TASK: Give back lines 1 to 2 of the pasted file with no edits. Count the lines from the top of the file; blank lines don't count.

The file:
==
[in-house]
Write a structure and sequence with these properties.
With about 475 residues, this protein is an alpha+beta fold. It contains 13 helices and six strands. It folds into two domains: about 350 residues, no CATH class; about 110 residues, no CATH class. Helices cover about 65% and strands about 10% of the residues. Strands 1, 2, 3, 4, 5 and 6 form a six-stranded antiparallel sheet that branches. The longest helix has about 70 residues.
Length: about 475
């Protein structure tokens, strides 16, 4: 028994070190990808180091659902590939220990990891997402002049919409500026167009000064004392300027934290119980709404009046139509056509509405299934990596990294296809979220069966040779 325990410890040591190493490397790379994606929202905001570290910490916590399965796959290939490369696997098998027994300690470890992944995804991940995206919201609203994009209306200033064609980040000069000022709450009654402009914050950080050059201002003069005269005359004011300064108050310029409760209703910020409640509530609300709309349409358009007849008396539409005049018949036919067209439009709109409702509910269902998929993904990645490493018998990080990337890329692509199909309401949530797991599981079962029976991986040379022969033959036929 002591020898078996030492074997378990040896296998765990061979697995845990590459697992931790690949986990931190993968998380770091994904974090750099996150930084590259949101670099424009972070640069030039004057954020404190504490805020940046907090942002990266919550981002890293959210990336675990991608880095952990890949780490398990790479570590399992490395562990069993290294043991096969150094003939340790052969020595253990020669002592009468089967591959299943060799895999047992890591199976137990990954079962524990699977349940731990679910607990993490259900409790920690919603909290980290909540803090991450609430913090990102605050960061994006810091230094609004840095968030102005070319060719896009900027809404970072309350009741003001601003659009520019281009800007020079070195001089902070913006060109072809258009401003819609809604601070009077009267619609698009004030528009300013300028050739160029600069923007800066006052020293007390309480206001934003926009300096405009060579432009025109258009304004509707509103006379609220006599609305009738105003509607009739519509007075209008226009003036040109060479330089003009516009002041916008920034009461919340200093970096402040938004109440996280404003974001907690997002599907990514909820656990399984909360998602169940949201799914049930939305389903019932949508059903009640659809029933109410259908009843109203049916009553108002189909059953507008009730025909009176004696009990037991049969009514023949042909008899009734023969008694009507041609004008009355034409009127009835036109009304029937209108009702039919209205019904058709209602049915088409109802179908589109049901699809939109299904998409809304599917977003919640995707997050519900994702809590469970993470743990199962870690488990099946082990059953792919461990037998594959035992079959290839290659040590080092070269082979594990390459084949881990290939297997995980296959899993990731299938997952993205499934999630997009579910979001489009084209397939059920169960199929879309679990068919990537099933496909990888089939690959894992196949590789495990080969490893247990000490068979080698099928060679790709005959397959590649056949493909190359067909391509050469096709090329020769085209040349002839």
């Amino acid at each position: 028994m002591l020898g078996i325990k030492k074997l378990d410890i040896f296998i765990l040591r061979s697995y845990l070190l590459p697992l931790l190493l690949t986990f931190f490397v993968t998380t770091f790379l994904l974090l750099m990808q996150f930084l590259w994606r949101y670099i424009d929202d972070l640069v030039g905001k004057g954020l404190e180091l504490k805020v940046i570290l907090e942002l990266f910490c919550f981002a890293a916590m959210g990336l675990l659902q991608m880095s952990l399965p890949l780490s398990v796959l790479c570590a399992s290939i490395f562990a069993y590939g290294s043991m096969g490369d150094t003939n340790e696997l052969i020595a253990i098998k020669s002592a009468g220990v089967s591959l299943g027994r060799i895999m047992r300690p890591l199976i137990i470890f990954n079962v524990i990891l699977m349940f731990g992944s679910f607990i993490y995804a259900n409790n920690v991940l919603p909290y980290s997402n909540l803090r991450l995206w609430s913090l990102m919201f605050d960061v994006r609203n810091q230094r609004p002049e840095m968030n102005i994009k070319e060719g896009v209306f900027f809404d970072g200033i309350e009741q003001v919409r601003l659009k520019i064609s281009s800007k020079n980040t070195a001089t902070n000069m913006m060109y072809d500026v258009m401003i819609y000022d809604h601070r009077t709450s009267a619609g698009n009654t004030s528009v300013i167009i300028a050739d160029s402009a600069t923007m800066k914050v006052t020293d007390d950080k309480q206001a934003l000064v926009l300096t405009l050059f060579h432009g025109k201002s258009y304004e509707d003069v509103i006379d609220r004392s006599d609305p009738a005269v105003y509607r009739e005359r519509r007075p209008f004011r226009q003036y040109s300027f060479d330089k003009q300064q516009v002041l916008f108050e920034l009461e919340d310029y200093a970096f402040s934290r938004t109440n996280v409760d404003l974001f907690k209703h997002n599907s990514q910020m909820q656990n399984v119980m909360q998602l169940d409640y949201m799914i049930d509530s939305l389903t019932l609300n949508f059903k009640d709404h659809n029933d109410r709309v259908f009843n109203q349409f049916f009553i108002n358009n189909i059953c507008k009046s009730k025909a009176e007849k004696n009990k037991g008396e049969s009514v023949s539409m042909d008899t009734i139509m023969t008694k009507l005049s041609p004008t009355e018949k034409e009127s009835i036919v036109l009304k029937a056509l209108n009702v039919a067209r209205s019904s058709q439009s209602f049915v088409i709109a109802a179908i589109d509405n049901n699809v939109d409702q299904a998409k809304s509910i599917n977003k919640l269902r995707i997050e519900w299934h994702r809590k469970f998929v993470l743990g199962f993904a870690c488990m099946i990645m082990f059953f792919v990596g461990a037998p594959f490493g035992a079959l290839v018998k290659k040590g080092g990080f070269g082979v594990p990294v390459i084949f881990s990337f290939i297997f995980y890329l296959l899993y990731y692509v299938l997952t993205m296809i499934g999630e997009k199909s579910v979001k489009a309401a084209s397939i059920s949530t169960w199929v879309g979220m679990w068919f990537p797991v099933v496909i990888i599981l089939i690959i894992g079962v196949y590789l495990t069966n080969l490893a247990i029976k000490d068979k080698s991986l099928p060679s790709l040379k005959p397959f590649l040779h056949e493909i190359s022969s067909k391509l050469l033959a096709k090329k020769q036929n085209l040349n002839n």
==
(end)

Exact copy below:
[in-house]
Write a structure and sequence with these properties.